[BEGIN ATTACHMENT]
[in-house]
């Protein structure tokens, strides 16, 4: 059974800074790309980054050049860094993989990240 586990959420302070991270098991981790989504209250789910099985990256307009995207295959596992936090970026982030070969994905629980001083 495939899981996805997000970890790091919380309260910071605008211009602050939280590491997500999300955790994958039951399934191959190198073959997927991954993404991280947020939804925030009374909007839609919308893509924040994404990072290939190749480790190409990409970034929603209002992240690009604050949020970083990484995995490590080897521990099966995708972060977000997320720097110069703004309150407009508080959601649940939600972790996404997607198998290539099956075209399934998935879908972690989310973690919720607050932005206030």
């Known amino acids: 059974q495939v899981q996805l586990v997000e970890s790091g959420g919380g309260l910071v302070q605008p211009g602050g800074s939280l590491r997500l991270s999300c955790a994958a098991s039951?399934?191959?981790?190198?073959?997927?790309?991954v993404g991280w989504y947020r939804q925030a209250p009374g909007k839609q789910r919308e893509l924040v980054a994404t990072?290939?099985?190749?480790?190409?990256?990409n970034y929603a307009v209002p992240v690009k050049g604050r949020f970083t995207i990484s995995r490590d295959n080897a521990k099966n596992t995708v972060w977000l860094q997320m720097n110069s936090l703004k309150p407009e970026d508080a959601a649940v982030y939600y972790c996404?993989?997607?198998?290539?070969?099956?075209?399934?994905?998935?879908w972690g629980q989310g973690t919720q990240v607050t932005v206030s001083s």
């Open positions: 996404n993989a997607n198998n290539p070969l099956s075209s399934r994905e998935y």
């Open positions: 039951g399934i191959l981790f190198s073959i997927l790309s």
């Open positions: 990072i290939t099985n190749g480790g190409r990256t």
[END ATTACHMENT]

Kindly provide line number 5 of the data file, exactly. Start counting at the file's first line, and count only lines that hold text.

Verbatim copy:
């Open positions: 039951g399934i191959l981790f190198s073959i997927l790309s």